Chinese Drinks Chat: Beijing Boyce

(Jim Boyce with Professor Ma Huiqin at a small local eatery near Yunnan Red Wine Company.)

If Beijing had an official drink and nightlife critic, Jim Boyce would be it. For the past 3 years he has been tracking Beijing's ever-evolving bar and club scene through his popular Beijing Boyce blog. His other project, Grape Wall of China, is a one-stop resource for wine in China, including winery visits, profiles of wine writers and sommeliers, even accounts of marathon wine tastings. For this week's Appetite for China interview Jim shares his insights on wine tourism, alcohol and Chinese food, and spots to drink and relax in Beijing.

How did you start blogging about the wine industry and nightlife scene in China?

I started a subscribe-only newsletter in 2005 about Beijing bars. It grew quickly, so a year later I launched the nightlife blog and then the wine blog All are nonprofit, with the last being a collective effort with local wine people – wine makers, academics, consumers, and so on - whose voices are rarely heard outside China, a situation I hope to rectify.

What is the most exciting facet about the Chinese food and beverage industry right now?

Choice! Take whiskey in Beijing. When I arrived four years ago, bars with even five single malts were a rarity. Now there are plenty with dozens of selections, including Ichikura, Glen, Promise, Er, Q Bar, Nashville, and Lugar. Or take sparkling wine: gourmet shop Jenny Lou’s now stocks about a hundred different kinds. Whether it is spirits or wines, craft beers or draft beers, our choices are steadily growing in Beijing.

From your blog you seem to always be on the drink prowl. What are your top three bars in Beijing spots in Beijing for atmosphere and drink quality?

I am a fan of earthy spots with a friendly staff and an unpretentious crowd. These days I like Tun, due to its big space, high ceilings, and décor complete with Great Wall of China DJ booth. I also like Salud for its homemade rum, fun crowd, cozy confines, and friendly staff. My third pick would be Ichikura, a cocoon from the bustle of everyday Beijing life, where I can grab one of the twelve seats at the bar and lazily decide which of the hundred single malts to try. I also have a soft spot for the eclectic Cheers – oil paintings, a pool table, cheap Wild Turkey, a diverse crowd, and some of the best Xinjiang music you can get.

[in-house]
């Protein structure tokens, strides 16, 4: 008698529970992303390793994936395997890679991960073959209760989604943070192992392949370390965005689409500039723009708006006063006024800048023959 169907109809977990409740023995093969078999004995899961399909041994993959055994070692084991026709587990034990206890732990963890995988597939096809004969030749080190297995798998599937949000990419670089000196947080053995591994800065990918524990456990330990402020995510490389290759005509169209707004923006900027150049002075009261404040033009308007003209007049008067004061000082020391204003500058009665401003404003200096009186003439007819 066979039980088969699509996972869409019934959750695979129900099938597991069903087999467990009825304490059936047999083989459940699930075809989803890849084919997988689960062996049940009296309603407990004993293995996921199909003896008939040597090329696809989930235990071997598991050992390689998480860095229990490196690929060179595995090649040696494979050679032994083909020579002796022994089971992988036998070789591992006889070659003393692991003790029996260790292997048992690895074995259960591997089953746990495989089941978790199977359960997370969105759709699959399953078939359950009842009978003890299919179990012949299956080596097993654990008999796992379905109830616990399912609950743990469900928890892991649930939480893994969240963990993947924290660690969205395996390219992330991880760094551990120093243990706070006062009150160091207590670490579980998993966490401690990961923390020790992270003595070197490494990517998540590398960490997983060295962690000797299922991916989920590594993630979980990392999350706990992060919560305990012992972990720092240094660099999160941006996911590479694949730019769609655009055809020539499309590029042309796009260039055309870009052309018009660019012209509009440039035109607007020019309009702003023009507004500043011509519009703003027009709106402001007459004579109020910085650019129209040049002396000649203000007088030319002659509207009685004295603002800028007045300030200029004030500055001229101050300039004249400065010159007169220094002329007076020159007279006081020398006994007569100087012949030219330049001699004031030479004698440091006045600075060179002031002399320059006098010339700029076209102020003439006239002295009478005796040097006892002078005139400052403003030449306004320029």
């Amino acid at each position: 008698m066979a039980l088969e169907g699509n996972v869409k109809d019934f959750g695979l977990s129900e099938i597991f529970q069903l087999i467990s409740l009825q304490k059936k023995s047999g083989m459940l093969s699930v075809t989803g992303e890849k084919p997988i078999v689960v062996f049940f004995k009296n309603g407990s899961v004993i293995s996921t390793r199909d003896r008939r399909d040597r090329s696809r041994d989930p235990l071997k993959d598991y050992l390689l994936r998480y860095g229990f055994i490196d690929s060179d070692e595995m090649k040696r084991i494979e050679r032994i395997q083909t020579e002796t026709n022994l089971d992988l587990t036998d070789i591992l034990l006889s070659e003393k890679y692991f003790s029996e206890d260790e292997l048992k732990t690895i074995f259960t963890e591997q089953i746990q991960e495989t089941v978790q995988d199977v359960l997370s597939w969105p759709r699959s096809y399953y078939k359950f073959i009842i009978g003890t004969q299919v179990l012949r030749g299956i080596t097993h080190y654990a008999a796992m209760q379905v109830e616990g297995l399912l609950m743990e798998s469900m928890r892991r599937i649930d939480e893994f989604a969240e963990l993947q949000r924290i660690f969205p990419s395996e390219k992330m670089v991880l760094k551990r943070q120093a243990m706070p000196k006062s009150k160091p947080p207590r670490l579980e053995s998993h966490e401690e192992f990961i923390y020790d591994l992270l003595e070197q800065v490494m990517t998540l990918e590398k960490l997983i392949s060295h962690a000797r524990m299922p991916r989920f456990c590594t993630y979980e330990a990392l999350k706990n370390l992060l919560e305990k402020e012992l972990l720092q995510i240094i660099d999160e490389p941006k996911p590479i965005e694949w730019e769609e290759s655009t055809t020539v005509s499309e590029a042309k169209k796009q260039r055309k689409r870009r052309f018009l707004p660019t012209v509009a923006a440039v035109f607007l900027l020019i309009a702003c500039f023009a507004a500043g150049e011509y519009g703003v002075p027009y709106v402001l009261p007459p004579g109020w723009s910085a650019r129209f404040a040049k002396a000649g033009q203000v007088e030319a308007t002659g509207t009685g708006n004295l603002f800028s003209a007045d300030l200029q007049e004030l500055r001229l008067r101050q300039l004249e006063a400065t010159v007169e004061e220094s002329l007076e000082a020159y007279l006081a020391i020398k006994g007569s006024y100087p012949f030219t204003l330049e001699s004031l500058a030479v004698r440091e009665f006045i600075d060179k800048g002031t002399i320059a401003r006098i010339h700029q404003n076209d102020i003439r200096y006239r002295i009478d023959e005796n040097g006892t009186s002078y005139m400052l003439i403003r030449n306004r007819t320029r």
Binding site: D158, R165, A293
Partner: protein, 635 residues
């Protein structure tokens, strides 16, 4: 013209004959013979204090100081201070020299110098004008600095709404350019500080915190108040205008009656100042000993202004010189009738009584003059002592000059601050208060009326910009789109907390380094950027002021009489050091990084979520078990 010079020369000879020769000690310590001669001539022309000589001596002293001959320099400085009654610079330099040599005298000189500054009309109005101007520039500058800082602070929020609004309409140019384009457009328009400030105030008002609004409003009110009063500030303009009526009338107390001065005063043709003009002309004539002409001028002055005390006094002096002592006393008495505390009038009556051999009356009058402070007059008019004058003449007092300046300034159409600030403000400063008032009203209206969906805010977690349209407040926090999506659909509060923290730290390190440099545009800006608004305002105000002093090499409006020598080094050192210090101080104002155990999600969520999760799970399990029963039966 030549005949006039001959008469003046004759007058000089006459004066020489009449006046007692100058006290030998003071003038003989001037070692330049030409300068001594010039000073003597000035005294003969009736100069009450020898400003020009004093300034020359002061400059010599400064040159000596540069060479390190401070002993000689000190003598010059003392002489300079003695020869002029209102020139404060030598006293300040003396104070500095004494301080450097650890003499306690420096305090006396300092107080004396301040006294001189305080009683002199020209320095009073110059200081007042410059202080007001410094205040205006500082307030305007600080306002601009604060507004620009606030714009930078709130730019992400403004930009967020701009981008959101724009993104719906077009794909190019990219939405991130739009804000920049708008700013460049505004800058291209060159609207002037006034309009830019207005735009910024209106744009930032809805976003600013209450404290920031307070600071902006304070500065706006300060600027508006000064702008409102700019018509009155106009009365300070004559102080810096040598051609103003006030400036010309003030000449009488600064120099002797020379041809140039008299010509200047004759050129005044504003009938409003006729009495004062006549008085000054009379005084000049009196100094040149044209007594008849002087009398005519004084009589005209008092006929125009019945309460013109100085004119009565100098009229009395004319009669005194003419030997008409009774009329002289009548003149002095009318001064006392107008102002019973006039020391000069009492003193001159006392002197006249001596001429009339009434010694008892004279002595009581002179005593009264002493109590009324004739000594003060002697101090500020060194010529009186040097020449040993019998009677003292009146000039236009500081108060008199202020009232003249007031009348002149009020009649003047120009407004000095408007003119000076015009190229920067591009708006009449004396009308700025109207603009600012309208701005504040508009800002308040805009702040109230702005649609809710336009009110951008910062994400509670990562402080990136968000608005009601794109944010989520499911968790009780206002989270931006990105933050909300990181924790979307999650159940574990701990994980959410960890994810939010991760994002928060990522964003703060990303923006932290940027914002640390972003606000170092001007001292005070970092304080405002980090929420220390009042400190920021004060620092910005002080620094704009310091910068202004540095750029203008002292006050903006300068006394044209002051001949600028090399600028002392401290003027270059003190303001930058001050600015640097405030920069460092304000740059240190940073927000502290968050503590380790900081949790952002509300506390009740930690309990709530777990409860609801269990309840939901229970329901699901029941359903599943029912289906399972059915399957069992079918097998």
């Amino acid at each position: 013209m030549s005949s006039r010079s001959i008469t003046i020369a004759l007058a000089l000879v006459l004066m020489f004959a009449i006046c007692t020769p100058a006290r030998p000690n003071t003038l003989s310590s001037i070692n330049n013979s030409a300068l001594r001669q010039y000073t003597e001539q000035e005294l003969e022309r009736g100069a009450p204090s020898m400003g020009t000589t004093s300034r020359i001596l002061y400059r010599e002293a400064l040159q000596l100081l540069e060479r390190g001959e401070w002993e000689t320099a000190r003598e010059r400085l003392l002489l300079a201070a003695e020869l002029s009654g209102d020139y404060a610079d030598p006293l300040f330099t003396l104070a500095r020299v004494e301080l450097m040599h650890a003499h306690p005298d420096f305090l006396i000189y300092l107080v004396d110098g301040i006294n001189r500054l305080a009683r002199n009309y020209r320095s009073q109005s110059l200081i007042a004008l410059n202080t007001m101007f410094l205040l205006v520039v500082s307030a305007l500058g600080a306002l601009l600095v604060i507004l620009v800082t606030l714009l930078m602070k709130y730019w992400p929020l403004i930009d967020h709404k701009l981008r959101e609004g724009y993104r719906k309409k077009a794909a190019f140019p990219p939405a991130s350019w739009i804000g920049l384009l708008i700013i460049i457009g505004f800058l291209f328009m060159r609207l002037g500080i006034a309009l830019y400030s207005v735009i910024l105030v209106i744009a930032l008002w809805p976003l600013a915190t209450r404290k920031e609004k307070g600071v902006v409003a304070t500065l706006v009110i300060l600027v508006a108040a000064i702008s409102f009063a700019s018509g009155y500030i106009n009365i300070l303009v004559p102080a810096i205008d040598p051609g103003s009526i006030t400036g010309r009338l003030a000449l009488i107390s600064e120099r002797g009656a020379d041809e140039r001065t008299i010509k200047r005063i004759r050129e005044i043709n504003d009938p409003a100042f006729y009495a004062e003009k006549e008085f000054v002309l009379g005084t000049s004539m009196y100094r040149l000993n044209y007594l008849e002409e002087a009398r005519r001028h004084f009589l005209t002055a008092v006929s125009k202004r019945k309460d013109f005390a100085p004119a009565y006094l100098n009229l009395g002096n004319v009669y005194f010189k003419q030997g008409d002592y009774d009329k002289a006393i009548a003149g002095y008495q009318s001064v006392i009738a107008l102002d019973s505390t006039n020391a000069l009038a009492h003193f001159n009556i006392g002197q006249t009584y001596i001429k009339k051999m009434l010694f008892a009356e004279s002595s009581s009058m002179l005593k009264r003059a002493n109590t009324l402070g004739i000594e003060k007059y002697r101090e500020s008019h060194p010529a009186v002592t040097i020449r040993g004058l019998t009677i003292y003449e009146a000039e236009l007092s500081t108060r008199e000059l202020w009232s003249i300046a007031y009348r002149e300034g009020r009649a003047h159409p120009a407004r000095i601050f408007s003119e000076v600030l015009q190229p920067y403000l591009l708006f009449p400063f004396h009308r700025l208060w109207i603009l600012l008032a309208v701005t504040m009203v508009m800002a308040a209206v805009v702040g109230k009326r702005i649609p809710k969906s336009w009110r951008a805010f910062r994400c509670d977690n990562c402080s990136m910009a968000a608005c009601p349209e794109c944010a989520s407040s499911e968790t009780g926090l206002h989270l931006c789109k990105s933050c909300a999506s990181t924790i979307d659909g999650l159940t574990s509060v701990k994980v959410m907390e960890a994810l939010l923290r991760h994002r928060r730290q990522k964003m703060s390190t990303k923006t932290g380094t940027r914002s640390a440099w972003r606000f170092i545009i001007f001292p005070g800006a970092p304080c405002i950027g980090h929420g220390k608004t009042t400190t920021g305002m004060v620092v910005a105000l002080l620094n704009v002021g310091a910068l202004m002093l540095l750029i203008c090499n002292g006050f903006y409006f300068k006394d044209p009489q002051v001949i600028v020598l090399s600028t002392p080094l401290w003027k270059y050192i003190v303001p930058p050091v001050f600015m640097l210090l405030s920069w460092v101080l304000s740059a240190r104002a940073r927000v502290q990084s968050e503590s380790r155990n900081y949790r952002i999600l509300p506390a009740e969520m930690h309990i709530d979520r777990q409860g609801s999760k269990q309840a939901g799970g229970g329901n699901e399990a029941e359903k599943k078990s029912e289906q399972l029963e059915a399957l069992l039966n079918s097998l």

Let's talk wine. China is one of the fastest growing consumers of wine. Does that mean the quality of Chinese-made wines is also improving?

The quality of local wine is improving, but at a slow pace. Too many producers try to make dry red Bordeaux-style wines and do it poorly. And they tend to prioritize buying good equipment over growing good grapes. On top of this, some local companies blend in foreign wines, so we don’t always know if the wine is “Chinese.” A lot needs to be done to improve the local wines, though I am optimistic about the potential of Xinjiang, Ningxia, and Gansu in the northwest and about the hybrid grapes being grown in Yunnan. Having said that, the only producer making a good portfolio when I arrived was Grace Vineyard, in Shanxi province, and that is still the case.

For adventurist wine lovers, would you recommend a visit to China's developing wineries? Which are most receptive to travelers hoping to learn more about Chinese wine?

Overnight visits are possible at places such as Grace Vineyard in Shanxi or Bodega Langes in Hebei, as are day trips to spots such as Chateau Bolongbao, just outside of Beijing. Shandong is another option, while Xinjiang might appeal to more adventurous sorts. My favorite visit was to Yunnan Red Wine Company, two hours outside Kunming, which has overnight facilities. Some of the grapes they are using were brought by missionaries in the 19th century, the local food is good, and the surroundings are gorgeous. True, it's a bit off the beaten path, but if you like to travel and you like wine, it’s a good option.

Most people seem to fall into one of two categories - those who will try to pair wine with their Chinese food, and those who think Chinese food should only be eaten with beer, rice alcohol, or Coke. Which school of thought do you adhere to, and why?

I adhere to the “drink what you like” school. Wine and Chinese food pairings are the rage, but at the end of the day it is more important to pick a wine you like and a food you like, even if it might clash in the eyes of some professionals. You can spend your life reading books, articles, and blog posts about food and wine pairing, and as a result let the advice override your own unique preferences, but the best solution is the “school of hard knocks” where you try, try, and try some more. And if you don’t want to try, go for sparkling wine.